Monday, June 26. 2006
IDF Intel Chief Says Withdrawal Increased Existential Threats
Arutz Sheva - June 25, 2006 / 29 Sivan 5766
IDF Intelligence Chief Maj.-Gen. Amos Yadlin recently declared that Israel's unilateral withdrawal from Gaza has increased the number of strategic threats to Israel's existence.
Yadlin is only the latest important military and defense figure to speak about Israel's deteriorating strategic environment. Yadlin was a general in the Israeli Air Force and currently heads Military Intelligence. Speaking at Haifa University’s National Strategic Center on June 20th, Yadlin gave several factors that have contributed to Israel's deteriorating position in the eyes of the world.
The main factor, he said, was Hamas winning the elections and convincing the Palestinian people that their terrorist actions against Israel have been successful; that they forced Israel into making concessions (like the unilateral withdrawal from Gush Katif). Yadlin said that Hizbullah's Secretary General Hassan Nasrallah "was the first to claim by military force alone he would make Israel retreat from south Lebanon, with no diplomatic compromise. This trend was positively reinforced by Israel's Disengagement from the Gaza Strip."
Former Defense Minister Moshe Arens has also come out vocally against the withdrawal, saying that Israel must reoccupy Gaza as the only way to prevent the continuation of rocket attacks on towns and cities. Former IDF chief of staff Lt.-Gen. Moshe Yaalon has repeatedly said that the path of unilateral concessions and the assisting of a Hamas controlled government will lead to a costly war.
International Jihadist Movements like al Qaeda have put Israel in the spotlight, Yadlin explained, adding that recent activities emanating from Osama Bin Ladin's terrorist network's continue to focus on Israel and the Middle East. "In the meantime, it has had a notable influence on the surroundings, such as terror attacks in Taba, rocket fire from Aqaba, and fire on Lebanon - and not on Israel itself," he said.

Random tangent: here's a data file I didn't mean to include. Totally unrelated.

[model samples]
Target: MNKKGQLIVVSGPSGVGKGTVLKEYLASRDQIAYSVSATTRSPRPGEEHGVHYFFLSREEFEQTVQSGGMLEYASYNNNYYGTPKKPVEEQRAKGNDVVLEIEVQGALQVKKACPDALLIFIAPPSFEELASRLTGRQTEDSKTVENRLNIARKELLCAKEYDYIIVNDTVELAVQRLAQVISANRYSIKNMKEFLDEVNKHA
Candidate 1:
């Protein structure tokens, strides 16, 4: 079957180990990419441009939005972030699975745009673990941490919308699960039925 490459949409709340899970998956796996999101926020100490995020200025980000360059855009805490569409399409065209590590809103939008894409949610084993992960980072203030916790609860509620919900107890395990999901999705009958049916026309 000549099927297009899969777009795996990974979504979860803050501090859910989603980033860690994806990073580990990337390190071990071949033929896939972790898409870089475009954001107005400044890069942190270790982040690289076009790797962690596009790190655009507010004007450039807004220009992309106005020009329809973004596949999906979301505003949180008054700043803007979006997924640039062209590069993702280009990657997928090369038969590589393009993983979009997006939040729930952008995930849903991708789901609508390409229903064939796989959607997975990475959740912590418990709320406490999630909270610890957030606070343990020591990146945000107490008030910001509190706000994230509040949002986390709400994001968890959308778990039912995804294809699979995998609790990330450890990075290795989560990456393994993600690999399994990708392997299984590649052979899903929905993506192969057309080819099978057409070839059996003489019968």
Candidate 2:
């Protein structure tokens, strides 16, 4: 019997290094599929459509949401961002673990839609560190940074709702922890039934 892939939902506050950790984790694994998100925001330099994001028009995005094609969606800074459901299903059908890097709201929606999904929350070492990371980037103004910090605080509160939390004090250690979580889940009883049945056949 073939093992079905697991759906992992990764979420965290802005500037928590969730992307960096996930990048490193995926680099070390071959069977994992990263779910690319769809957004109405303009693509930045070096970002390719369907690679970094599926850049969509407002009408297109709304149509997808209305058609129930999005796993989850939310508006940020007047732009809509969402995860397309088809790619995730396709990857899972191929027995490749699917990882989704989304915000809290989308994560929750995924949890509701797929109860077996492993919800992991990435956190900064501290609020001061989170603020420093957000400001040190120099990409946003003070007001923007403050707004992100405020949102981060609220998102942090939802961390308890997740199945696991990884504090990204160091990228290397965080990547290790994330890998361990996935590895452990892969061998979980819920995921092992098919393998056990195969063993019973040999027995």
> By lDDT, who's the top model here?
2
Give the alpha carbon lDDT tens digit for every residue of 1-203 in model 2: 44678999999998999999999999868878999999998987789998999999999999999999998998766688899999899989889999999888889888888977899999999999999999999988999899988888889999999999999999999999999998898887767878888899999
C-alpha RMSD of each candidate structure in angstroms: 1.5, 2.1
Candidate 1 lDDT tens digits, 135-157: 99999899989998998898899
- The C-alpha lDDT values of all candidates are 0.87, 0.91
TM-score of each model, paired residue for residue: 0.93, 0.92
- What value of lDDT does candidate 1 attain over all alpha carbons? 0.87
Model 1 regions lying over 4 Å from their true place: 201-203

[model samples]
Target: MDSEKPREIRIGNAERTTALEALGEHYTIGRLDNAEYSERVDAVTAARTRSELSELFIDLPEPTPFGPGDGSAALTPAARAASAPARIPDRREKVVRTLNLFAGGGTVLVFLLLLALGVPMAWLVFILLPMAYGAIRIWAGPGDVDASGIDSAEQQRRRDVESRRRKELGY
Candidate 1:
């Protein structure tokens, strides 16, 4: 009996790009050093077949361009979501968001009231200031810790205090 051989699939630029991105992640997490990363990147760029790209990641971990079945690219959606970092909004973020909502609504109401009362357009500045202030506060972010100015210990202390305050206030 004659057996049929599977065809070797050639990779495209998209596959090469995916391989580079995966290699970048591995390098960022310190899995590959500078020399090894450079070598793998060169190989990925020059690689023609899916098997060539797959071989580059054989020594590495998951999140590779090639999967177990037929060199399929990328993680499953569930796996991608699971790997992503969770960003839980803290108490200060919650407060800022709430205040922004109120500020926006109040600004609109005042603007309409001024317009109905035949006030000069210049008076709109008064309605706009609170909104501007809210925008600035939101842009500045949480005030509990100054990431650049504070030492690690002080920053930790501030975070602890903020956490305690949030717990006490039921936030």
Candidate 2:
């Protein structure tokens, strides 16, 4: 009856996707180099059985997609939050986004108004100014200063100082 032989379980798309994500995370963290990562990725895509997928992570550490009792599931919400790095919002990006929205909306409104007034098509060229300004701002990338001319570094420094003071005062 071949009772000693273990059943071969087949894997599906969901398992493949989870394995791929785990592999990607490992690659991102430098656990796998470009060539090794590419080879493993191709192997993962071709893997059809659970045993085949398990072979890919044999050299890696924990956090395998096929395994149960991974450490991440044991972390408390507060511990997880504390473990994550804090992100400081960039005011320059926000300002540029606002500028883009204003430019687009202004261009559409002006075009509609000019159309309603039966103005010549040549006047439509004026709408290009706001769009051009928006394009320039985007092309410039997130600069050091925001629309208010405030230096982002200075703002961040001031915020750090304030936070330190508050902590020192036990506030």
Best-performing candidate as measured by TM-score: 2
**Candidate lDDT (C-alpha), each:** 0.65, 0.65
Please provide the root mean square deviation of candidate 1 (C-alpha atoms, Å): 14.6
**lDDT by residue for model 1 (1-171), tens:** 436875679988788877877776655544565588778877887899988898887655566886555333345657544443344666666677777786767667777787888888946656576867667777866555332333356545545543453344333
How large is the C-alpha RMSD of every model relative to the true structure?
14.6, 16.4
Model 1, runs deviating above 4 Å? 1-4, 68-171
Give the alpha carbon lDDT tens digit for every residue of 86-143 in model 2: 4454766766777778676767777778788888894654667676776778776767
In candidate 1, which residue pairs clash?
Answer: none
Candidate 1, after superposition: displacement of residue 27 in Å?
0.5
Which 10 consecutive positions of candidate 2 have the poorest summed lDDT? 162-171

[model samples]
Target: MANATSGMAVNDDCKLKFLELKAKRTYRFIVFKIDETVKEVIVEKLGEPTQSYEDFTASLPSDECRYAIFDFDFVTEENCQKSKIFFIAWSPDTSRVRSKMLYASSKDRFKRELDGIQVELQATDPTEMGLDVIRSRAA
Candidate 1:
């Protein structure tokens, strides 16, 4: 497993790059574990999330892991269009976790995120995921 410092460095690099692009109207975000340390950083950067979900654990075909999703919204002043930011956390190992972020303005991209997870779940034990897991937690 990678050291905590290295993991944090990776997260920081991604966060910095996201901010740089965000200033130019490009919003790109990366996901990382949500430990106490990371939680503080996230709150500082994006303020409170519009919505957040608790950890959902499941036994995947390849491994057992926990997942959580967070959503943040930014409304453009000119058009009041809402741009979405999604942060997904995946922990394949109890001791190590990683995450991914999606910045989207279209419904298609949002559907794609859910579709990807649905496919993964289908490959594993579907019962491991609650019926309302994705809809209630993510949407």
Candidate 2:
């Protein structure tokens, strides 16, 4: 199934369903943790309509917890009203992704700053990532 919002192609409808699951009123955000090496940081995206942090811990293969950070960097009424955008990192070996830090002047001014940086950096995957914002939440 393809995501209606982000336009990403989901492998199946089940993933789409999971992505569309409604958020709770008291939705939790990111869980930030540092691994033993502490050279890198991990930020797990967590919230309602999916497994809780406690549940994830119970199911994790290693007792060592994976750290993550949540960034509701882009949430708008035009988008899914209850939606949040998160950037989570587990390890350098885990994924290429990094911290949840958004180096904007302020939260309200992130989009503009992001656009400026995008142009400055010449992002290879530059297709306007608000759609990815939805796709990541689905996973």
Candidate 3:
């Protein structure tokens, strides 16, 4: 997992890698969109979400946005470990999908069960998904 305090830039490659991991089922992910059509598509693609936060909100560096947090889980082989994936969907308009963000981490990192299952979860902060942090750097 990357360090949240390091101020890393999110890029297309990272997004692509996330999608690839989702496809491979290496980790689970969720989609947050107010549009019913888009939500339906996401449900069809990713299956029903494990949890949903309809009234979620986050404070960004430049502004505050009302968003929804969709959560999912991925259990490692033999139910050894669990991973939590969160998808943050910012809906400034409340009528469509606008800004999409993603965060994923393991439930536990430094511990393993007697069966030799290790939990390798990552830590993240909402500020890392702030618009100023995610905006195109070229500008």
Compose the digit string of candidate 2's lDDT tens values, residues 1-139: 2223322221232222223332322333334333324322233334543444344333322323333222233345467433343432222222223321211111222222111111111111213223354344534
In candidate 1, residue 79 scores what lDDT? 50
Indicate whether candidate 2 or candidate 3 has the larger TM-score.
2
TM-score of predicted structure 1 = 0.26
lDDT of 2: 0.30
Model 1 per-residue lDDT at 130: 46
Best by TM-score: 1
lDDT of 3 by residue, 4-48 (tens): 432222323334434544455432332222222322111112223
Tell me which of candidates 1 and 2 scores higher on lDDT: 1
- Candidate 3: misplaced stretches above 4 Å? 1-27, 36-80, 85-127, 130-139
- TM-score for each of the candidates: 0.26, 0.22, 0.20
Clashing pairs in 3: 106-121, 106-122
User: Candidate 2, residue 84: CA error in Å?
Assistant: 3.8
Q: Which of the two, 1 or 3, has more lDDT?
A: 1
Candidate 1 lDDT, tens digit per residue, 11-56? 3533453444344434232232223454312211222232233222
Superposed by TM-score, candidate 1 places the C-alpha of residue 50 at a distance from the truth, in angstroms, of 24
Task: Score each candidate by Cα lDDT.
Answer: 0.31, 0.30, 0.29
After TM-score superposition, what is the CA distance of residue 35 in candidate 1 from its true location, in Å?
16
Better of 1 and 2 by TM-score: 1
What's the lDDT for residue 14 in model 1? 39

Meanwhile, the intelligence chief added, Iranian President Mahmoud Ahmadinejad continues to research and develop nuclear technology. Yadlin noted that the development of nuclear technology was a chief reason behind the turnaround from the positive atmosphere in Israel's strategic environment from April 2002-August 2005. His election to power in June 2005 has also contributed to this change.
"General Yadlin' s analysis powerfully underscores the fact that strategic threats to Israel are worsening in part on of policies like that of further unilateral withdrawals now being pursued by the Olmert government," said Zionist Organization of America's National Chairman Michael Goldblatt in a statement distributed together with a transcript of Yadlin's words. "We urge the Olmert government again to reconsider urgently the path it is proposing to take."
Our Existential Struggle: A Matter of No Nhoice
Moshe Ya'alon, THE JERUSALEM POST Jun. 25, 2006
As Israel approaches its 60th anniversary we can take pride in the wonderful achievement of having established ourselves as a regional power. But our right to exist as an independent Jewish state is still in dispute.
The acceptance of the State of Israel as an independent Jewish state on the part of our neighbors requires a long-term perspective on two fronts. On the one hand, Israeli society must remain steadfast over what will necessarily be a period of conflict spanning many years; on the other hand, we must always keep our eye on societal and moral changes that have to take place among our enemies before reconciliation can ever really occur.
Anti-terror warfare is important, but it addresses only the ability to commit terrorist acts rather than the roots of terrorism. The Palestinian education system continues to deny Israel's right to exist as an independent Jewish state; labels the entire historic land of Israel "from the River to the Sea" as "occupied"; and denies any connection between the Jewish people and their ancestral homeland. An education system of this kind is not preparing Palestinians for reconciliation, but for war.